In Indonesia, the remains of the most ancient fishers on Earth

Scientists from Australia discovered on one of the islands of Indonesia the remains of an ancient woman, buried with her fishing hooks and gear about 12 thousand years ago.

“This discovery shows that the inhabitants of the island of Alor connected themselves to the sea in both life and death.These hooks are similar in form to similar devices that were made by residents of Japan, Australia and many other corners of the world.We assume that all these peoples themselves invented such hooks, and did not learn how to make them from neighbors, since this form was the most optimal for catching fish at that time, “said Sue O’Connor of the National University of Australia in Canberra.

O’Connor and her colleagues have been excavating for decades on the Sunda Islands, New Guinea and other shreds of the Earth in the seas of Southeast Asia, where the ancestors of Australian Aborigines and modern peoples of Polynesia and Micronesia lived in the distant past.

In 2011, they managed to make an incredible discovery – they dug in the cave of Jerimalai on the east coast of the island of Timor fragments of the oldest fishing hooks, whose age was about 11 and 23 thousand years, as well as the bones of fish caught with their help.

Unfortunately, as O’Connor recalls, her team could not find the remains of their alleged owners, which made this find less valuable and did not allow for certain to say that people learned fishing art even before the glaciers began to retreat for the last time and the era of glaciation was completed.

Australian archaeologists continued excavations, affecting not only the territory of Timor itself, but also the small islands located near its shores. In June 2014, they were lucky – they opened on the island of Alor, a few kilometers north of Timor, the grave of an ancient woman, who can be called “the oldest fisher of the Earth.”

It was buried there about 12 thousand years ago, which is about twice as large as the age of other people’s graves, where unambiguous evidence of the use of hooks and other fishing gear was found.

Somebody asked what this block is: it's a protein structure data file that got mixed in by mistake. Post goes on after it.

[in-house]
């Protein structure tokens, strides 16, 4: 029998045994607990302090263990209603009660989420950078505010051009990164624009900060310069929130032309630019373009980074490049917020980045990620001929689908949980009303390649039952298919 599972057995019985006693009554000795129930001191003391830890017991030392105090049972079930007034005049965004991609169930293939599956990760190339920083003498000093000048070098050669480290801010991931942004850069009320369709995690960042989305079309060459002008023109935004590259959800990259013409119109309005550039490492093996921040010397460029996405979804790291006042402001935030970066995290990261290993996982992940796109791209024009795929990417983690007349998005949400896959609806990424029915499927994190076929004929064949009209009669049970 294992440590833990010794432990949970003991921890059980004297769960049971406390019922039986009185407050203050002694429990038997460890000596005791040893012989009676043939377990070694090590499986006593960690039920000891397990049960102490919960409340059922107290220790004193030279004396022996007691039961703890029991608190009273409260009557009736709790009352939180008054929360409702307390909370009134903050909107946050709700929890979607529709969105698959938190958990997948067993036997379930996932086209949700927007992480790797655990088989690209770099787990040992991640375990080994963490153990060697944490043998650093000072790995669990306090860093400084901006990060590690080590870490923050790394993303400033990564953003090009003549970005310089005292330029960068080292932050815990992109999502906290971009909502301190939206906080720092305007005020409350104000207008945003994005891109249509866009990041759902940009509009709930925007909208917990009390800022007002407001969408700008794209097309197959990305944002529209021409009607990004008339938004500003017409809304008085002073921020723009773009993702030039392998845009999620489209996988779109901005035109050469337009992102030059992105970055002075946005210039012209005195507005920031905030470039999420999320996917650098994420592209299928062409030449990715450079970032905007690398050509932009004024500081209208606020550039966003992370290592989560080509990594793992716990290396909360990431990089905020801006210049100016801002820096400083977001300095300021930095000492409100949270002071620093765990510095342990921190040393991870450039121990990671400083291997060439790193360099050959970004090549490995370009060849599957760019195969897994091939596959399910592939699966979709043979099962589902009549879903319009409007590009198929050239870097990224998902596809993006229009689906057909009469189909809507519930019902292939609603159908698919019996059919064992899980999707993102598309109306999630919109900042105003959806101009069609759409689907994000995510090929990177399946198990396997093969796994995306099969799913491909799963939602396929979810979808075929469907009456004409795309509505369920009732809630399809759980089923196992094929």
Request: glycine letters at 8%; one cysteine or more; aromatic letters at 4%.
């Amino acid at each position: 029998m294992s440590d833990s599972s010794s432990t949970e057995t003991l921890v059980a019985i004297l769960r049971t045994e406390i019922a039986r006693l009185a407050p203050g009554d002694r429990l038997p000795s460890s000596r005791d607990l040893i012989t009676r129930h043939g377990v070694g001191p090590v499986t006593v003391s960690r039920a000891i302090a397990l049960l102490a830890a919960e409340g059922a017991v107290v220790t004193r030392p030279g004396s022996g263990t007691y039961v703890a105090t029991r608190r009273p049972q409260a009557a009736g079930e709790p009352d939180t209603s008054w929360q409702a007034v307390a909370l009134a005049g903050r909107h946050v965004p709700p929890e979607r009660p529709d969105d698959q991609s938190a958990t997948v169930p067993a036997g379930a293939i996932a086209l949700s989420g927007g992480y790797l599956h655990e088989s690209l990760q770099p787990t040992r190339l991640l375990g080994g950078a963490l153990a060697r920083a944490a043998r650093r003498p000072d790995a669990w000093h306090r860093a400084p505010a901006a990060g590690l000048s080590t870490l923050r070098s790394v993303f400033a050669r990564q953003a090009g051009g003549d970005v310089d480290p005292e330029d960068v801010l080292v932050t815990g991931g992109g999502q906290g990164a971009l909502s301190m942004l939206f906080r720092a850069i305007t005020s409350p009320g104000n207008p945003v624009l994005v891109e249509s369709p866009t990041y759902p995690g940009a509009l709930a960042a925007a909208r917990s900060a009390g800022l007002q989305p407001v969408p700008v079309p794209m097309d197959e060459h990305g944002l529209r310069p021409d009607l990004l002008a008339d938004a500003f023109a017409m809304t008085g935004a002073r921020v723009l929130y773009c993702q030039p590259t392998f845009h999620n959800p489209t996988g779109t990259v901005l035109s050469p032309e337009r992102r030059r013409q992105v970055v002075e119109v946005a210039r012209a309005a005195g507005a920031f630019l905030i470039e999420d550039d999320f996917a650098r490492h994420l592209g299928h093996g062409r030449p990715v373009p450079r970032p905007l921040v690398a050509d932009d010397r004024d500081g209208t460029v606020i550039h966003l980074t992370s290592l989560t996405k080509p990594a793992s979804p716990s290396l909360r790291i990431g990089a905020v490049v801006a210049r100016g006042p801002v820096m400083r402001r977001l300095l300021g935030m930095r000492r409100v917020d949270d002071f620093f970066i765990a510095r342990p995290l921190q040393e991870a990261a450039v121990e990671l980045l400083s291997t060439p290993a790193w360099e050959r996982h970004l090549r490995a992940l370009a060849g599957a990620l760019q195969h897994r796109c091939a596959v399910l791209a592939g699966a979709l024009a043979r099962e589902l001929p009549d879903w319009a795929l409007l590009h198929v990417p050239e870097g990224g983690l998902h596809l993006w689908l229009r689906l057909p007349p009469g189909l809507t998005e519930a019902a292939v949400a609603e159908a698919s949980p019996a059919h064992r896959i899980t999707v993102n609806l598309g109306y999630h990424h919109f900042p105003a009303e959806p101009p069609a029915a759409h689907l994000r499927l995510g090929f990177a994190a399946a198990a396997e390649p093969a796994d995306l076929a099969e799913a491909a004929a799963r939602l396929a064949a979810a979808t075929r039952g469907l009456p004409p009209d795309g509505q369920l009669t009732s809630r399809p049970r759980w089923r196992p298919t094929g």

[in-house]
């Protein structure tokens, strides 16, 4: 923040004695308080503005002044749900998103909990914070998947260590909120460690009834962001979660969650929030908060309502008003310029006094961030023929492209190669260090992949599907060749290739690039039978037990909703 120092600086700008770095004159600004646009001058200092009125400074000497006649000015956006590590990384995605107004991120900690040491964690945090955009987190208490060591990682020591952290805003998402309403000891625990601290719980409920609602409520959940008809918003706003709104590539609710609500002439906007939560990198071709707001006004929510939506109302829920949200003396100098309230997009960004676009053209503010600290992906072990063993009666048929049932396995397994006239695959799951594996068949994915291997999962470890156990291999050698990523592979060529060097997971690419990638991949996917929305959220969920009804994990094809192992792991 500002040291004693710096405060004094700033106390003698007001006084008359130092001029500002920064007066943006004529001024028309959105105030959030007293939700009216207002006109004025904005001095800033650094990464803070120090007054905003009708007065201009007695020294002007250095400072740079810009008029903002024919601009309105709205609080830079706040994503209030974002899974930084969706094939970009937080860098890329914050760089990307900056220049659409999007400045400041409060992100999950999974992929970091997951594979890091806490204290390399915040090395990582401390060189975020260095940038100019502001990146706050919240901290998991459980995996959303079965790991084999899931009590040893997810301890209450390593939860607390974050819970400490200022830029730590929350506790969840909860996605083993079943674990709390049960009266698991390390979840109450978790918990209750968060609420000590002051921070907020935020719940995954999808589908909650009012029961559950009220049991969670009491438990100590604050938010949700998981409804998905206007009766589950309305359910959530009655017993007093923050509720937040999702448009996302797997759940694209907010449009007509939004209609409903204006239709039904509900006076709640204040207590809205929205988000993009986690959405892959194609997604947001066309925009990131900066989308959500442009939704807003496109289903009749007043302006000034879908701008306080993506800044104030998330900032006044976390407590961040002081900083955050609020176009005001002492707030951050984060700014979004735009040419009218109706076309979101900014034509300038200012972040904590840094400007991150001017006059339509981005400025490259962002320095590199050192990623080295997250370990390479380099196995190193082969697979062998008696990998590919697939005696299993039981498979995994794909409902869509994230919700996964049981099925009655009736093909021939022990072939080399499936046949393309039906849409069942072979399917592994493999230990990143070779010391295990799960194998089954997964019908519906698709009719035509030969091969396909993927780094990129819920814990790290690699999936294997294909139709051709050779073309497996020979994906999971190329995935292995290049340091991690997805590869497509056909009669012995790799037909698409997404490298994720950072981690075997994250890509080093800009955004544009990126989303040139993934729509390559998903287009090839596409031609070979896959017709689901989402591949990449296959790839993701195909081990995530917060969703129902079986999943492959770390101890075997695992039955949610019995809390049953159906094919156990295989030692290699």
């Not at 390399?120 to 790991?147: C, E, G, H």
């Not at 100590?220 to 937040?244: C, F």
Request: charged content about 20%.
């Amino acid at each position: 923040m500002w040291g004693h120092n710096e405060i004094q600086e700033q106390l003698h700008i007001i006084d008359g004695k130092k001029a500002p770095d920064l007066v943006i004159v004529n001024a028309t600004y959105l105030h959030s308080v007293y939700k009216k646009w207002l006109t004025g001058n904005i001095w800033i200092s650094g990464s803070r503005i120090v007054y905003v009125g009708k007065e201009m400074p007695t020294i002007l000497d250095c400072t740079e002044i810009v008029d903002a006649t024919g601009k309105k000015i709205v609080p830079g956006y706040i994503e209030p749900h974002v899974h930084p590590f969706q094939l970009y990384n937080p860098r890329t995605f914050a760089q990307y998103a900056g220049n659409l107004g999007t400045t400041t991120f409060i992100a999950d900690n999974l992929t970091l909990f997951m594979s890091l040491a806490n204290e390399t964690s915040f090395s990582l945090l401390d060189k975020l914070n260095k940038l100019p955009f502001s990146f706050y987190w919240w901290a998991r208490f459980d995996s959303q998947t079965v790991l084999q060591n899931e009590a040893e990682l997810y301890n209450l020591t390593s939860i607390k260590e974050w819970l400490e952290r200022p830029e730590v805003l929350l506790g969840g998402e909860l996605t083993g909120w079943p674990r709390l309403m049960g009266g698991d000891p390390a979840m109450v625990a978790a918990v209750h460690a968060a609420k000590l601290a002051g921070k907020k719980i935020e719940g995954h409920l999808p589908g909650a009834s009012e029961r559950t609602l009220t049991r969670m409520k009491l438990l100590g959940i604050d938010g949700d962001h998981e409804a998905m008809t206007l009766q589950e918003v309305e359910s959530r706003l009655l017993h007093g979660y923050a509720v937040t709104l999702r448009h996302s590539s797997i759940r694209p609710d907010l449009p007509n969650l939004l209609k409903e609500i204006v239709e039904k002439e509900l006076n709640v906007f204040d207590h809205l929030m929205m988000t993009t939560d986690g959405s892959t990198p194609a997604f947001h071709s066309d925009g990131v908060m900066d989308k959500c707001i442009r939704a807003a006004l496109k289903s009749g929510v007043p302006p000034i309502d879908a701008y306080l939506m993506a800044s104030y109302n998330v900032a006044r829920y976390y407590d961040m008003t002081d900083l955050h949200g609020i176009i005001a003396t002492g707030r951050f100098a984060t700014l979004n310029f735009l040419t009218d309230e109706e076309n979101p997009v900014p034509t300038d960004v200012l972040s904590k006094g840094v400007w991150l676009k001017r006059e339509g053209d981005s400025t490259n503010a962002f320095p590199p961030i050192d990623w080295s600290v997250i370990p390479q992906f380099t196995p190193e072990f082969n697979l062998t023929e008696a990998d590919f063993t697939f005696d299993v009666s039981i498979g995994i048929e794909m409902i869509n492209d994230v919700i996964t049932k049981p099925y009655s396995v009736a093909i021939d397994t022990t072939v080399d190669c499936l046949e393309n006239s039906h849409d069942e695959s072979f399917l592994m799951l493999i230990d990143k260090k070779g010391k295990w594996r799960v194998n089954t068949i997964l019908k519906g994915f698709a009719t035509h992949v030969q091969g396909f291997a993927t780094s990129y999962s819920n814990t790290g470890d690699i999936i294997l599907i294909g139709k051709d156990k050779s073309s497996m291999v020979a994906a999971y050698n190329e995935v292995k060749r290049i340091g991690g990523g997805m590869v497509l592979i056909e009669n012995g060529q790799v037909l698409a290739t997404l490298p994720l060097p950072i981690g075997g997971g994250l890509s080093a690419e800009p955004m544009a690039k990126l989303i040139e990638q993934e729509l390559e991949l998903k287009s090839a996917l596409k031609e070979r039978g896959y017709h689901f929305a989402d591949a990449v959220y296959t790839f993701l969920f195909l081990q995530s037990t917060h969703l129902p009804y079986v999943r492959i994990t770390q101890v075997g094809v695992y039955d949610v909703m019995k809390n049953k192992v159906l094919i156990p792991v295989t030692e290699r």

Fish hooks of 15 thousand years old

Her remains, as O’Connor tells us, were found in the cave of Throne Bea Lei on the south shore of the island. They were decorated with a whole “garland” of hooks carved by ancient mink shell masters, and not far from the grave of an ancient fisherman, scientists found a whole “cemetery” of the remains of marine fauna, where more than 28 thousand bones of fish, birds, lizards and other animals inhabited under water or ashore.

This fish, apparently, the inhabitant of the cave and her relatives caught with the help of two types of hooks – classic fishing gear, similar in form to the Latin letter J, and so-called rotating hooks, similar in shape to the ripped circle. Such hooks are now popular among amateur anglers, as the fish can not swallow them and they usually cling to their lips or corners of the mouth without damaging the gills and internal organs.

The presence of a whole necklace of hooks in the grave of a woman, as O’Connor notes, speaks at once of several things. First, it indicates that the sea and fish played a huge role in the lives of the ancient inhabitants of Southeast Asia – they most likely deified them and considered part of their afterlife.

Secondly, the mere fact that they were found in the grave of a “fairer sex” representative once again shows that women of the Stone Age participated in the production of food and in other matters on a par with men, as previously anthropologists who were studying traditions of the modern tribes of Micronesia, Polynesia and the islands of Southeast Asia.